Fatalism among elderly African Americans. Effects on colorectal cancer screening

Cancer Nurs. 1995 Oct;18(5):385-92.

Abstract

The goal of increasing participation in fecal occult blood testing (FOBT) for elderly African Americans is a national priority. Fatalism is believed to be a barrier to screening among this population. Fatalism is the belief that death is inevitable when cancer is present. The Powe Fatalism Model guided this descriptive, correlational study that reports on the relationship between race and fatalism, as well as the relationship between fatalism and participation in FOBT. Participants (N = 192) were recruited from randomly selected congregate meal sites. The majority of participants were African American, female, had minimal education, and minimal incomes. Elderly African Americans were significantly more fatalistic than elderly white participants and less likely to participate in FOBT. Not only was fatalism a significant predictor of FOBT, but it remained the only significant predictor of FOBT, but it remained the only significant predictor even when factors such as age, poverty, and education were controlled. Nursing science must accept the challenges of promptly identifying fatalistic individuals and the development of interventions to counteract its influence.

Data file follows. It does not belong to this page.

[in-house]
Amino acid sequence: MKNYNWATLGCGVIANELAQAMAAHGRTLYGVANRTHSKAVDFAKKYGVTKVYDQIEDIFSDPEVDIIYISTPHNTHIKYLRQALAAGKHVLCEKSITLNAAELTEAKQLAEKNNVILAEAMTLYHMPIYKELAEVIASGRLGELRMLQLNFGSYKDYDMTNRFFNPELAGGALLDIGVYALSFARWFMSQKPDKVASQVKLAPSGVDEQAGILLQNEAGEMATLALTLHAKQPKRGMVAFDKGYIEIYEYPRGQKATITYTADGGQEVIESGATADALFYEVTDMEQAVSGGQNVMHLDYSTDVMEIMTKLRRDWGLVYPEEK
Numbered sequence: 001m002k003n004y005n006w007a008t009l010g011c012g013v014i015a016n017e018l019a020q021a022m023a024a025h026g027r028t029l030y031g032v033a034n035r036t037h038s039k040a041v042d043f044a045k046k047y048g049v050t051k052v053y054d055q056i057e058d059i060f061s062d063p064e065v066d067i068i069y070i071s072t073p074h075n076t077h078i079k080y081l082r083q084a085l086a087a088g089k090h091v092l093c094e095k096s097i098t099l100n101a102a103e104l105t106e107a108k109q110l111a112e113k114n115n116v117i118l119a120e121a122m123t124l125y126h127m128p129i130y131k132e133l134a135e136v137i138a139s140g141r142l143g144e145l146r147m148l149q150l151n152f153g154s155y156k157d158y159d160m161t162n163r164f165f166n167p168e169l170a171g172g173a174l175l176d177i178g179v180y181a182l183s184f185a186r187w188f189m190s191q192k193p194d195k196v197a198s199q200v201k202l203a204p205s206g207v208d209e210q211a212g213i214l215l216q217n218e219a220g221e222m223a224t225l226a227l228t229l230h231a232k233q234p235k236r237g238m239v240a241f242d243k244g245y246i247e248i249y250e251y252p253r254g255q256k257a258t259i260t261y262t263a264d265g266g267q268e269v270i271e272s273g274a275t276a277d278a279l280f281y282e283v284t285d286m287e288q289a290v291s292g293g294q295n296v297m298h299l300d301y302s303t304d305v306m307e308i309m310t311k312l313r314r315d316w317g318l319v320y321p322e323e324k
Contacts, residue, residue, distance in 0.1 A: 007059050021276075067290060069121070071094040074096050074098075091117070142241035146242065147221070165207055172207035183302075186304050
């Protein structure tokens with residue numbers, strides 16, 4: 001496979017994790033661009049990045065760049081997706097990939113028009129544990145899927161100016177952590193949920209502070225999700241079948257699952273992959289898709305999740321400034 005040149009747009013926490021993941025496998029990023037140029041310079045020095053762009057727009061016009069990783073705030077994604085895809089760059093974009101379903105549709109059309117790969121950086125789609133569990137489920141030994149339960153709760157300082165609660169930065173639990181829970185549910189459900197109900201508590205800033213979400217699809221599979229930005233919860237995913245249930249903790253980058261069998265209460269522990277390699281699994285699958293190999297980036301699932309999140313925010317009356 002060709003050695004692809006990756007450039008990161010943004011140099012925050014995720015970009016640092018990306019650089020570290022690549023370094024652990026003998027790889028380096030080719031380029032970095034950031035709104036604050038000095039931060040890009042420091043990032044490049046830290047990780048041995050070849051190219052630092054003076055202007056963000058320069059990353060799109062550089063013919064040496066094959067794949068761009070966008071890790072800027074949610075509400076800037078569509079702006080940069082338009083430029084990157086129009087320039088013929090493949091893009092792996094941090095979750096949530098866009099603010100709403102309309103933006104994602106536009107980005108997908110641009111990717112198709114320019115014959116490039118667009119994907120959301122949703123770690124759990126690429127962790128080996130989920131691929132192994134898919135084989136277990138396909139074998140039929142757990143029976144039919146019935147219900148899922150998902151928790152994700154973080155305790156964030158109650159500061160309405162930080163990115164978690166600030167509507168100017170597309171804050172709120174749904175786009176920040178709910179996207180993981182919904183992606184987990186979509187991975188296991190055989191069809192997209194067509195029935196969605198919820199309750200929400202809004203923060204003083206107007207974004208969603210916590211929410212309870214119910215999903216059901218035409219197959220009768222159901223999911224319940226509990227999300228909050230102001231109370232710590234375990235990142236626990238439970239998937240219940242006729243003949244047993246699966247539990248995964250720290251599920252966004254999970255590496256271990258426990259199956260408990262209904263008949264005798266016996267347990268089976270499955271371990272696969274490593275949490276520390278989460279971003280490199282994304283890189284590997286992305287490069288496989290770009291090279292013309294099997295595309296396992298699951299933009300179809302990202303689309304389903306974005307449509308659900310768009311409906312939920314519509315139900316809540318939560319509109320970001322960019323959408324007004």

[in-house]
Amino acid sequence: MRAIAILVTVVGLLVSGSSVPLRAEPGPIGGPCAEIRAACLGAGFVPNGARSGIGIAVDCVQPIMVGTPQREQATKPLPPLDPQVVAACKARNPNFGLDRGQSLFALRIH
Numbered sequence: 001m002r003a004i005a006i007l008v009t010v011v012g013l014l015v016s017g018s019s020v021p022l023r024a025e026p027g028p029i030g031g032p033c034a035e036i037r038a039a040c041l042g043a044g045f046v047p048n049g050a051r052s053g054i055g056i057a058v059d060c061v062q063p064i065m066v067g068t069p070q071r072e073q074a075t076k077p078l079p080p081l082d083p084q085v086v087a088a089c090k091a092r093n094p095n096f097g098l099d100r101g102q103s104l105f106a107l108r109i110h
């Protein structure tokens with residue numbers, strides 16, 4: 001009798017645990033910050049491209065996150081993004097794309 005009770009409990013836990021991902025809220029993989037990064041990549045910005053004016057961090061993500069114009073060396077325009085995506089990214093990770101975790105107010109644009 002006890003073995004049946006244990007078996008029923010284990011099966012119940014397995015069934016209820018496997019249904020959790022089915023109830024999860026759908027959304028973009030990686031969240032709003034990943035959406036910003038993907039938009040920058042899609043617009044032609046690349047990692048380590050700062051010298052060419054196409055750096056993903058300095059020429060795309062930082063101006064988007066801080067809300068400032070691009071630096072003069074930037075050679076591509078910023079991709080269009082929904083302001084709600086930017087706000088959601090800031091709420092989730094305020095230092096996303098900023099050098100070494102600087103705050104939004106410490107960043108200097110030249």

Publication types

  • Clinical Trial
  • Randomized Controlled Trial
  • Research Support, U.S. Gov't, P.H.S.

MeSH terms

  • African Americans / psychology*
  • African Americans / statistics & numerical data
  • Aged
  • Attitude to Death*
  • Colorectal Neoplasms / prevention & control
  • Colorectal Neoplasms / psychology*
  • Female
  • Humans
  • Logistic Models
  • Male
  • Mass Screening / psychology
  • Mass Screening / statistics & numerical data
  • Middle Aged
  • Occult Blood
  • Patient Compliance / psychology
  • Socioeconomic Factors
  • South Carolina